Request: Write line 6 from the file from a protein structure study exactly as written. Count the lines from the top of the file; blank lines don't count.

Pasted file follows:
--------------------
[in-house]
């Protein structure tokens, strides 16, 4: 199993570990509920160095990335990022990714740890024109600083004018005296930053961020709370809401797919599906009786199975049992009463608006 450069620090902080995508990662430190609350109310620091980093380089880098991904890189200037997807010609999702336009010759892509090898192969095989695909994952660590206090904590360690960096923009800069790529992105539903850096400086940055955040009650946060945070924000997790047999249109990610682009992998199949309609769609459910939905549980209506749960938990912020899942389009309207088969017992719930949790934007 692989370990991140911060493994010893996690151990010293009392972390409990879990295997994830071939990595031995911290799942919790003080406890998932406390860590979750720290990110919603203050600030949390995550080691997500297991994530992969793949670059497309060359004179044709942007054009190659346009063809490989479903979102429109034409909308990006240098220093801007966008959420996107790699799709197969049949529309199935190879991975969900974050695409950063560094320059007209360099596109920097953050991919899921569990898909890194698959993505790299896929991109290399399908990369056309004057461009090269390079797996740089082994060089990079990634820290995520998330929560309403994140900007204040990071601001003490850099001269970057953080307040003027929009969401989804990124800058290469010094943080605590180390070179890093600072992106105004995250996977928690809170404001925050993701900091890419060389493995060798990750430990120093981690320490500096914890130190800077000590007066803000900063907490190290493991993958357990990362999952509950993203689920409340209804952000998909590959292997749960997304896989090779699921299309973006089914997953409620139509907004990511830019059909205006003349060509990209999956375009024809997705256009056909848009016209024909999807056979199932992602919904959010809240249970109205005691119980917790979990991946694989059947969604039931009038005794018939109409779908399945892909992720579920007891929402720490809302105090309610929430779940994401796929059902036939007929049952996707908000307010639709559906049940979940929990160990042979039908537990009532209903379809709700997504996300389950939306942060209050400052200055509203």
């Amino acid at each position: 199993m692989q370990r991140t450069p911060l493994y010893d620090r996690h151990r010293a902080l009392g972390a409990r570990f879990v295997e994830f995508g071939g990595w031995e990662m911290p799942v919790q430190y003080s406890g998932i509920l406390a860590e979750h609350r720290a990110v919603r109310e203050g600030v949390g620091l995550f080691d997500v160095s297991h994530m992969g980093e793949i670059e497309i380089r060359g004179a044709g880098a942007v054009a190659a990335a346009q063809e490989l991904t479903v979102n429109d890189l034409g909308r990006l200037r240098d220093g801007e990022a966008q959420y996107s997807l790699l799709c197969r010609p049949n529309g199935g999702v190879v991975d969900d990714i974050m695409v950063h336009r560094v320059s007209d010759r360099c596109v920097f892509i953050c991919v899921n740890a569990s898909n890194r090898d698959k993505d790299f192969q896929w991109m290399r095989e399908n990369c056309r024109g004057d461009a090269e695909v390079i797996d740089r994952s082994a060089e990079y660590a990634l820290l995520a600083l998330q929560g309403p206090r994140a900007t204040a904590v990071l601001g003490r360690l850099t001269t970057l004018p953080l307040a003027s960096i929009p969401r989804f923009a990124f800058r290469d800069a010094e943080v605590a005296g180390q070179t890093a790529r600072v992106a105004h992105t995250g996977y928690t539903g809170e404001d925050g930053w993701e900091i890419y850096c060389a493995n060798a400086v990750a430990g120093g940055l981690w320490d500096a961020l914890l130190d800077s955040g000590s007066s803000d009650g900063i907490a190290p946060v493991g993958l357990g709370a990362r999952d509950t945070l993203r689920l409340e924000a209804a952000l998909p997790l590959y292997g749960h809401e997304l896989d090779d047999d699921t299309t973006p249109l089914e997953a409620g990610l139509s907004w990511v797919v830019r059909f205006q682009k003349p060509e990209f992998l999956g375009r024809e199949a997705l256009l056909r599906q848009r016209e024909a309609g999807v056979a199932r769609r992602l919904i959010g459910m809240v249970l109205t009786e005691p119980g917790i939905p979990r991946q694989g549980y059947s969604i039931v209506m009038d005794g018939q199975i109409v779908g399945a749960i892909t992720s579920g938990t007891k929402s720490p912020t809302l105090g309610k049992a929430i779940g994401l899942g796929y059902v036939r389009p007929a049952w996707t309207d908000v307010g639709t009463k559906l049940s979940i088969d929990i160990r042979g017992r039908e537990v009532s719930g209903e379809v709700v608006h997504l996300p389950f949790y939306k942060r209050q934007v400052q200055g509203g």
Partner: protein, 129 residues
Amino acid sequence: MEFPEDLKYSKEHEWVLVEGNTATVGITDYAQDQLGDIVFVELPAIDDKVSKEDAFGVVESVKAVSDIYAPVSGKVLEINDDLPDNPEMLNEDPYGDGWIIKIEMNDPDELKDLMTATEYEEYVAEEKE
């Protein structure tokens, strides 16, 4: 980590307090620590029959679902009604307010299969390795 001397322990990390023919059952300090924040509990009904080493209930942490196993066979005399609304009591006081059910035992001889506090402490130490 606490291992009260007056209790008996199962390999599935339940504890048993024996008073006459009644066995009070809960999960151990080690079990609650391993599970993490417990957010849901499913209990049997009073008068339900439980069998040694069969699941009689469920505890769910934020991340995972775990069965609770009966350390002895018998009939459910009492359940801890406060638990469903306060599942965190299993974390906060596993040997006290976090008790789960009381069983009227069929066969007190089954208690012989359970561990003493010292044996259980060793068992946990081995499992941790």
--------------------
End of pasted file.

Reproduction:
């Protein structure tokens, strides 16, 4: 980590307090620590029959679902009604307010299969390795 001397322990990390023919059952300090924040509990009904080493209930942490196993066979005399609304009591006081059910035992001889506090402490130490 606490291992009260007056209790008996199962390999599935339940504890048993024996008073006459009644066995009070809960999960151990080690079990609650391993599970993490417990957010849901499913209990049997009073008068339900439980069998040694069969699941009689469920505890769910934020991340995972775990069965609770009966350390002895018998009939459910009492359940801890406060638990469903306060599942965190299993974390906060596993040997006290976090008790789960009381069983009227069929066969007190089954208690012989359970561990003493010292044996259980060793068992946990081995499992941790």